Reps consider making nurses, pharmacists, others to head hospitals
The House of Representatives has passed for second reading a bill seeking to include pharmacists, nurses and other medical professionals in the board of the teaching hospitals.
The legislation is titled, ‘A Bill for an Act to Amend the University Teaching Hospitals (Reconstitution of Boards Etc.) Act, Cap. U15, Laws of the Federation of Nigeria, 2004 to Restructure the Composition of the Governing Board, Review the Nomenclature of the Heads of the Hospitals, Redefine the Qualifications of the Heads of the Hospitals, Provide a Definite Tenure of Office of the Heads of the Hospitals, Including Students of Health Sciences in the Training Programmes of the Hospitals and include Hospitals Established Post–Enactment of the Extant Legal Framework in the Schedule.’
According to the bill, sponsored by a member of the House, Bamidele Salam, the proposal seeks to review the terminology of the heads of the hospitals (Chief Medical Director).
It also sought to redefine the qualification of the head of hospitals, provide a definite tenure of office of the heads of the hospitals, including students of Health Sciences in the training programmes of the hospitals, and include hospitals established post-enactment of the extant legal framework.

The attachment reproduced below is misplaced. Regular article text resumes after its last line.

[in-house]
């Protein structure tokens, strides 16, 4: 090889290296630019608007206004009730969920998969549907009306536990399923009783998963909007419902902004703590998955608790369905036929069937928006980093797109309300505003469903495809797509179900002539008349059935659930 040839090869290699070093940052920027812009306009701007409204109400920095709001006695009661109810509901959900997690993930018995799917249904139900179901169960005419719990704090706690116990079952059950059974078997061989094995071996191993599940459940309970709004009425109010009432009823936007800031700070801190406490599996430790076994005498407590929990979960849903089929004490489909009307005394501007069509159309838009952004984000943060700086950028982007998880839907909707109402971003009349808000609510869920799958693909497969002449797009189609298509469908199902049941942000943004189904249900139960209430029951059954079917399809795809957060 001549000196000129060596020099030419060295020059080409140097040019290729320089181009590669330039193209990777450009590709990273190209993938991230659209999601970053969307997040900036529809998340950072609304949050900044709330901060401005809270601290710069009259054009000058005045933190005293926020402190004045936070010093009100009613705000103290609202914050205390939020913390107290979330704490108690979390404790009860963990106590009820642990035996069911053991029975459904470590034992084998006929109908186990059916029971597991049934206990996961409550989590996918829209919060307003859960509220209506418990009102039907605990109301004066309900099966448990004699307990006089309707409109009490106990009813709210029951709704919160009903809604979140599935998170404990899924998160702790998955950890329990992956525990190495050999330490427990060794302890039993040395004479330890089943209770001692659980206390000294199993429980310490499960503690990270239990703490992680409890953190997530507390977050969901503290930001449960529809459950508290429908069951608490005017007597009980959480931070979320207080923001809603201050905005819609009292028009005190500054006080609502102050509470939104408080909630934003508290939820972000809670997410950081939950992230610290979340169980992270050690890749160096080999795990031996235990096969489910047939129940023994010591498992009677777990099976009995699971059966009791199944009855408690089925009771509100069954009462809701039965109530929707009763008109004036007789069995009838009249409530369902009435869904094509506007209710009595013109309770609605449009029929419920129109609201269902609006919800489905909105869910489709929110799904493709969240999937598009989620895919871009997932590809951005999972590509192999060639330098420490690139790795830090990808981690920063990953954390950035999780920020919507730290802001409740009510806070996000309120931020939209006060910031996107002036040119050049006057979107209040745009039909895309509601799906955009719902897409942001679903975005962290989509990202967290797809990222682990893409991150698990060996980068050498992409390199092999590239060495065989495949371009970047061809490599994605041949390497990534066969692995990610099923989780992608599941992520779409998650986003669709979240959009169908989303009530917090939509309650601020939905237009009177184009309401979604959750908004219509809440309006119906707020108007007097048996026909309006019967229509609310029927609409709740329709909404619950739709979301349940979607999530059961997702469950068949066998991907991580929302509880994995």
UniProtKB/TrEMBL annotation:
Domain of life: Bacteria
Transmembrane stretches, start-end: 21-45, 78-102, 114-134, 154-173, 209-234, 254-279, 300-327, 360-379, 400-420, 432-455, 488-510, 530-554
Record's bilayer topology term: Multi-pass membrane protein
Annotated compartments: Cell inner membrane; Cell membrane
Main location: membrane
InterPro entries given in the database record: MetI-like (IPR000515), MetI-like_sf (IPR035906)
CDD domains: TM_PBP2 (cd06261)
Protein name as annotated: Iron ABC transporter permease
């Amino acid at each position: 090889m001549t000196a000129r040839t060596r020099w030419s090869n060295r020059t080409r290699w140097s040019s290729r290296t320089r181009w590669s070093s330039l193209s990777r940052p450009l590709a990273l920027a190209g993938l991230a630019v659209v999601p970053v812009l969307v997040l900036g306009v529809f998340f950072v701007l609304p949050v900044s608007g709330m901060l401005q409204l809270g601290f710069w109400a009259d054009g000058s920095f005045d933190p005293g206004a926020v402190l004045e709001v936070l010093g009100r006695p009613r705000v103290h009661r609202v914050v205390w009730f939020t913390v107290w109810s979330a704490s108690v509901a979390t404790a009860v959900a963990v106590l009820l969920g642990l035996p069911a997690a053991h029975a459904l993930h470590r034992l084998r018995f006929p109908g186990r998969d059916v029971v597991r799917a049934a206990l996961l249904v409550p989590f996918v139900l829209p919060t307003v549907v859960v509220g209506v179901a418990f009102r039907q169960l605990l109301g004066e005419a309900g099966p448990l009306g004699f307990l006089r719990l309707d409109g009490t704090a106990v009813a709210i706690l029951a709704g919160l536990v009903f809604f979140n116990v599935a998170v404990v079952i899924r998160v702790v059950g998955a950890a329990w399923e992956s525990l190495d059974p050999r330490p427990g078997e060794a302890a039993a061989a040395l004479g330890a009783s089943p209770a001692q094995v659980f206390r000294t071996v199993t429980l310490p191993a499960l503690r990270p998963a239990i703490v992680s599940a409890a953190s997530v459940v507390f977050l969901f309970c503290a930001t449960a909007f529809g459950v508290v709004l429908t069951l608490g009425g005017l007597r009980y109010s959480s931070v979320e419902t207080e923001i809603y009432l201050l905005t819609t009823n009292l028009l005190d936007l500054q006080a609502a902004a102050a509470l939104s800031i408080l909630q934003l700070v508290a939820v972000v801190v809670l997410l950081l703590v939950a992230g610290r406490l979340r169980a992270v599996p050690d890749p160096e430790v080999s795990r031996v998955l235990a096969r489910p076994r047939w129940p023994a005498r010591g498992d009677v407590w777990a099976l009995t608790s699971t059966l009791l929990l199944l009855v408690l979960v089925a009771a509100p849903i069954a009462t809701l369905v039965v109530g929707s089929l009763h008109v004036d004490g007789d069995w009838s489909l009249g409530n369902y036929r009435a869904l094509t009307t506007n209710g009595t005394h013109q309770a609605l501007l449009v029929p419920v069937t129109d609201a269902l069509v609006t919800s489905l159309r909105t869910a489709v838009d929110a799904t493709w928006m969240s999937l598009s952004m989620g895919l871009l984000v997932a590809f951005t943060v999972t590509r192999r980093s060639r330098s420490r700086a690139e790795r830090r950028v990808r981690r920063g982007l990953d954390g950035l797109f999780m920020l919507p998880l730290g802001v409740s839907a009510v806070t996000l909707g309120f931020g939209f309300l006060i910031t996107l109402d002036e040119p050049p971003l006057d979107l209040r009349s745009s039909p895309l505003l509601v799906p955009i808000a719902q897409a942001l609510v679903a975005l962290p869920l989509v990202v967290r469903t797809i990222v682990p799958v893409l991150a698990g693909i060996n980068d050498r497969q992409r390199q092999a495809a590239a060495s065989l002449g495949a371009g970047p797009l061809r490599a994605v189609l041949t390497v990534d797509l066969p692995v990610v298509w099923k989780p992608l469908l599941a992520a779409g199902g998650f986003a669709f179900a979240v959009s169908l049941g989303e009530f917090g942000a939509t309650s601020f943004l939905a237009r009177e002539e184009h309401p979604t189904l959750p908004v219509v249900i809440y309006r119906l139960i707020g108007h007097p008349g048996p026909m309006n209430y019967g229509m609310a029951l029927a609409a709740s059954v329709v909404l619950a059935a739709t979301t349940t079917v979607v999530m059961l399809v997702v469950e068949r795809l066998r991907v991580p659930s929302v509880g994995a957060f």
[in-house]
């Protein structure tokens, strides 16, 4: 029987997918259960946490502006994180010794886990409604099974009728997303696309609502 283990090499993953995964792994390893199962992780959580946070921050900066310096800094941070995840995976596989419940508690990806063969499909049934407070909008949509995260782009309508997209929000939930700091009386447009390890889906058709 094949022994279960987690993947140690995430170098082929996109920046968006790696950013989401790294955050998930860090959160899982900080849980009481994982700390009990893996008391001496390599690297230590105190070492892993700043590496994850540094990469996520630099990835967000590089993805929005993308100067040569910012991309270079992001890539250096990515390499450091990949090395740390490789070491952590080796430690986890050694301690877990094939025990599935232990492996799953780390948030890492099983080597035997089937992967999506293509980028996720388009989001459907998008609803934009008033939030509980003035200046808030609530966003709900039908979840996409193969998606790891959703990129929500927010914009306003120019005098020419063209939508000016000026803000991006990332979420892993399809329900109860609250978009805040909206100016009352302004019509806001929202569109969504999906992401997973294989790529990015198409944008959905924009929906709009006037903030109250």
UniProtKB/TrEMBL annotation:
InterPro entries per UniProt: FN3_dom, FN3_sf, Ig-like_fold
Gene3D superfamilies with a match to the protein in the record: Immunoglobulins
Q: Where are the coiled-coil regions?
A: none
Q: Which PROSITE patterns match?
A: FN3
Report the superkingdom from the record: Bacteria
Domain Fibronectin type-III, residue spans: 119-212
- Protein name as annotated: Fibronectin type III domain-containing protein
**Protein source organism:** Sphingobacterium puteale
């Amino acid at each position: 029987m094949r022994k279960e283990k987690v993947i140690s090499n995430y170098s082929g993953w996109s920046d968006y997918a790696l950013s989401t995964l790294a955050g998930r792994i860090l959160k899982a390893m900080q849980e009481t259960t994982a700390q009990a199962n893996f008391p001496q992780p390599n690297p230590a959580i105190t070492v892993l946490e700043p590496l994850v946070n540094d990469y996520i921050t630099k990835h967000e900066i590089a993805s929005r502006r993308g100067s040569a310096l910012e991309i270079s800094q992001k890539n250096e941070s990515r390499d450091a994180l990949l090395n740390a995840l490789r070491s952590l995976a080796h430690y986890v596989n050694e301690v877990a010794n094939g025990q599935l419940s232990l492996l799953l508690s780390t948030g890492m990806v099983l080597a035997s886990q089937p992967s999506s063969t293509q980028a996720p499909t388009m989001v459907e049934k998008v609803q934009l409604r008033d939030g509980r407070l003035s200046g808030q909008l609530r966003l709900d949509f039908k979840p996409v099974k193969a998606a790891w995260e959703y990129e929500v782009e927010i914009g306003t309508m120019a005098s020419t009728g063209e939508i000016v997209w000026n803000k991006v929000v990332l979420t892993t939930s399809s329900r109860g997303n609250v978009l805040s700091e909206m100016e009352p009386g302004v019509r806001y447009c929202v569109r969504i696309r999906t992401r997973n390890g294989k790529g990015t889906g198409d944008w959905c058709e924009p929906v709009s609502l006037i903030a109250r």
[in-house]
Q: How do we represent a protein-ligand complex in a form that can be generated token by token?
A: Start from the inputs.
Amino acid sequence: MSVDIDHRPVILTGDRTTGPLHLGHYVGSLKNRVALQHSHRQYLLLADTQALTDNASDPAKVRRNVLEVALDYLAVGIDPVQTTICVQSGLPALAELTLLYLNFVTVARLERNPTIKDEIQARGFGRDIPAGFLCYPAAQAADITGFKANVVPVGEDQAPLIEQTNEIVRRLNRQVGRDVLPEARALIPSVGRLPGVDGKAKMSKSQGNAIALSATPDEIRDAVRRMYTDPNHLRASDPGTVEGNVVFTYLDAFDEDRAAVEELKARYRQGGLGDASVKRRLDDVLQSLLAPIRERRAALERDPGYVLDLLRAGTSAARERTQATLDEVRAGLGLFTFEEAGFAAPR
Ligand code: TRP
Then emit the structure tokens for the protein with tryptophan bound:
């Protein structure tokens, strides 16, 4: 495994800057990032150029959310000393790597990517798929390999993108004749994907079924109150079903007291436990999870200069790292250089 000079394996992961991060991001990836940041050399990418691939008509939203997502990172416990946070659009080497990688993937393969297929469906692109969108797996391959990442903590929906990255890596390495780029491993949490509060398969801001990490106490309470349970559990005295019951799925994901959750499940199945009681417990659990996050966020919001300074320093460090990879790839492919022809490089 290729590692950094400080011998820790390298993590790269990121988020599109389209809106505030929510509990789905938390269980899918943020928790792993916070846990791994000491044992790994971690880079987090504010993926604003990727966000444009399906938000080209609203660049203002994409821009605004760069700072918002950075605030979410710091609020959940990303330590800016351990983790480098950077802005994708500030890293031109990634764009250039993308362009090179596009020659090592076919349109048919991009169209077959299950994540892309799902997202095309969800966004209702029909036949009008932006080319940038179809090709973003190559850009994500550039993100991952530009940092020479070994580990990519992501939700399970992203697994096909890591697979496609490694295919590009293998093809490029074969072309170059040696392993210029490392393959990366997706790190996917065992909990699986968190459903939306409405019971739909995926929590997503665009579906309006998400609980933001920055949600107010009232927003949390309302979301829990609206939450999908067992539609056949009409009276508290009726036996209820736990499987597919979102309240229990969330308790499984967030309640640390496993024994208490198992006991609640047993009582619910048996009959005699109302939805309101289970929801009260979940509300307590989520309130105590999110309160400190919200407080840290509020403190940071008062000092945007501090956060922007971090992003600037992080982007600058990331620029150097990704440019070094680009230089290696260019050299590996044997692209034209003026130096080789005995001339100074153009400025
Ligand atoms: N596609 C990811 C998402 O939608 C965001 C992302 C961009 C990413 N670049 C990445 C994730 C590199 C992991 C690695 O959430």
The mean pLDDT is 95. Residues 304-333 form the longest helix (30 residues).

Leading the debate on the bill at the second reading on Wednesday, Salam noted that in the United Kingdom, to become a hospital administrator, one does not have to be a medical practitioner.
“All you need is to be a graduate from high school (four years); obtain a bachelor’s degree in healthcare administration, business administration or a clinical discipline (four years); and a master’s degree in healthcare administration (MHA) or a related graduate degree (two years), he said.
The lawmaker also noted that in the United States, “there is no specific path to follow to get a hospital administrator’s job.” He added, “You may begin your career in some other role with that goal in mind – some start as doctors or nurses – and be promoted to the position.
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“However, it is common for hospital administrators to earn a relevant degree, and an increasing number of employers now require a master’s as well.”
He added, “It is clear from the above cross-country discussion that to be appointed as a Chief Executive Officer, one does not have to be a medical doctor. Persons with bachelor’s (degree) in Management or Administration with requisite experience can be appointed to head a hospital.
“Similarly, in the composition of the board of the hospitals, other critical stakeholders were not included. Greater attention was only paid to medical doctors.
“Against this background, this bill is proposed to address all these challenges and include all other health professionals in the capacity building and administration of the Federal Hospitals in Nigeria and related issues.”
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